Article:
Peter Brandt, a popular veteran trader and CEO of the proprietary trading company Factor LLC, recently commented on Goldman Sachs that could potentially restart its cryptocurrency desk.
We classic cars learned that when @GoldmanSachs steps into a niche market, it’s time to protect your money. $ BTC pic.twitter.com/tHfRkS4igb
– Peter Brandt (@PeterLBrandt) March 1, 2021
On December 21, 2017, a similar Bloomberg piece announced that Goldman Sachs would set up a cryptocurrency trading desk even though the bank was “still trying to resolve security issues”.
While Brandt’s diagram seems significant, it is important to understand that such speculation has been going on for several months. The Wall Street Journal reported Goldman Sachs’ intention to do so on October 2, 2017.
Even if we don’t take into account the exact date, Goldman Sachs has apparently ditched those plans to launch its Bitcoin (BTC) trading desk. More importantly, however, there aren’t many similarities between the 2017 bull run and the current market in terms of their structures.
Bitcoin market capitalization, volume at the end of 2017, billion USD. Source: TradingView
Notice how the BTC volume has increased from an average daily volume of $ 2 billion in November 2017 to $ 14.6 billion by the end of the year, a seven-fold increase. Incoming retail demand was so impressive that the Binance, Bitfinex, and Bittrex exchanges temporarily turned off new users.
Binance accounts were even sold directly to other users by users when no new logins were accepted. In other words, there is currently no similar retail hype in Bitcoin as there was at the end of 2017. In fact, the current bull cycle appears to be being driven by institutions that seem to be tapping BTC on every dip.
Bitcoin market cap, volume, USD billion. Source: TradingView
The average trading volume of $ 66 billion per day on February 22nd, when Bitcoin’s market cap peaked at $ 1.09 trillion, had remained relatively constant for the past six weeks.
A seasoned technical analyst like Brandt should therefore have added the caveat that volume is the most relevant market participation indicator – which he frequently highlights in his other analyzes.
Understanding the fundamentals of futures markets is essential to making up for this difference. Derivatives exchanges charge either perpetual futures longs (buyers) or shorts (sellers) every eight hours to maintain a balanced risk. This indicator, known as the Funding Rate, turns positive when long positions require more leverage.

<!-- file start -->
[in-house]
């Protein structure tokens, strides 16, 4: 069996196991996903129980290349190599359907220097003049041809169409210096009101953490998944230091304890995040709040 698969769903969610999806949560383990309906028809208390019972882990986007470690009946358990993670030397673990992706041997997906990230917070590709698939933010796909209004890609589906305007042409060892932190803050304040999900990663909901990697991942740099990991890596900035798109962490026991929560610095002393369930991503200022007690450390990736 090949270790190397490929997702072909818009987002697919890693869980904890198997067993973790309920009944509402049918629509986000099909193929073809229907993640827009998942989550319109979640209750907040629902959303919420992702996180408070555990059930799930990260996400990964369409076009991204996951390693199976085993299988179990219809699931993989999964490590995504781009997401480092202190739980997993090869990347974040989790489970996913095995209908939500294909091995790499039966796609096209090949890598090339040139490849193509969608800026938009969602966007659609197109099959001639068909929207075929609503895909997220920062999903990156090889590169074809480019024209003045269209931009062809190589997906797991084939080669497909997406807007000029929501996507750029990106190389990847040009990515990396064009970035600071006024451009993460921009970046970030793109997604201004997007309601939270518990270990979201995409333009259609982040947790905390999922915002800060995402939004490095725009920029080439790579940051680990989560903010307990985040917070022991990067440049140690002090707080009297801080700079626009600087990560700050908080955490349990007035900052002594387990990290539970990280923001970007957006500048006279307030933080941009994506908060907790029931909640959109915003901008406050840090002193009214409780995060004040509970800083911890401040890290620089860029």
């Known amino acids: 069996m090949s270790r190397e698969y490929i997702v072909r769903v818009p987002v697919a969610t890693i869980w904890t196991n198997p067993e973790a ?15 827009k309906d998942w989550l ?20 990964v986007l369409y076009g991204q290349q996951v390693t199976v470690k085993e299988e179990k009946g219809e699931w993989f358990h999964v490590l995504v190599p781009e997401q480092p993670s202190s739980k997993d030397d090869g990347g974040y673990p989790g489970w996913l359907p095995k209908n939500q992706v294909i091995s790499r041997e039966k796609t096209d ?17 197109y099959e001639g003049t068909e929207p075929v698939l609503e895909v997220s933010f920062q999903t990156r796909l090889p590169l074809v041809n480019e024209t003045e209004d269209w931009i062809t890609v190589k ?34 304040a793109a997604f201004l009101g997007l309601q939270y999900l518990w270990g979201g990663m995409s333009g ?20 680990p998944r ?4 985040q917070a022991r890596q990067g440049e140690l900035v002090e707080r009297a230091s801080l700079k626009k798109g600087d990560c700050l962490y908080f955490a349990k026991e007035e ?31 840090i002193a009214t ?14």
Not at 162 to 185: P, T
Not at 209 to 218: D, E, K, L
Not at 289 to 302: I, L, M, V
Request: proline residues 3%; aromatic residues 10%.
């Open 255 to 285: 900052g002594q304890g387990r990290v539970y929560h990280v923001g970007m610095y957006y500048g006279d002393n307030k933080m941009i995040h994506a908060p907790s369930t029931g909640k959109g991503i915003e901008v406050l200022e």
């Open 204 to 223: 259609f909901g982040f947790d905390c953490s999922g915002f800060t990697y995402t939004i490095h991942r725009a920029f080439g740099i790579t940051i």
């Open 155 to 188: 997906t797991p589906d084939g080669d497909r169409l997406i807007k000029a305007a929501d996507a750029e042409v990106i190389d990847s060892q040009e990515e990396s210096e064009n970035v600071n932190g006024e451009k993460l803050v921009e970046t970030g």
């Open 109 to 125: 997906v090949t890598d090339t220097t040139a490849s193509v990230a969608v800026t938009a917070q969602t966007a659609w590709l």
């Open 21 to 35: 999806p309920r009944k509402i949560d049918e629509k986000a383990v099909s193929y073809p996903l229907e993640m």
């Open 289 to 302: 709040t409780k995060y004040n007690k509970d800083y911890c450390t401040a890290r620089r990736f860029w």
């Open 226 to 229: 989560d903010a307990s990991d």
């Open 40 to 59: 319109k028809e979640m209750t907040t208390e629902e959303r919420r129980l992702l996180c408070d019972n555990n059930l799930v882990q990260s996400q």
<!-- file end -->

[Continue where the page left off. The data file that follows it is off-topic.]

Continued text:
Bitmex BTC Perpetual Futures weekly funding rate, end of 2017. Source: TradingView
As can be seen from the graph above, buyers were willing to pay up to 40% per week to take advantage of their long positions. This is completely untenable and a sign of extreme optimism. Any market downturn would have resulted in cascading liquidations, with BTC price accelerating downward.
BitMEX BTC Perpetual Futures weekly funding rate. Source: TradingView
Such exorbitant interest rates no longer exist, although the current weekly funding rate of 4% was the highest since June 2019.
Finally, it should be noted that CME and CBOE futures contracts were launched in December 2017. As Cointelegraph astutely put it at the time, “This unprecedented event could have a significant impact on the Bitcoin economy.” In retrospect, this appears to have been the highest signal of euphoria the bears have been waiting for. Hence, Goldman Sachs’ withholding was likely the effect, not the cause.
While Brandt has become famous in the cryptocurrency space for anticipating the over 80% correction after the Bitcoin price spike in 2017, his track record has been less impressive lately.
In summary, there is no evidence to support Brandt’s theory other than a single event that occurred once in the eleven years of Bitcoin trading. Not to mention the rumors about Goldman Sachs 2017 cryptocurrency trading desk had been going on for a while.
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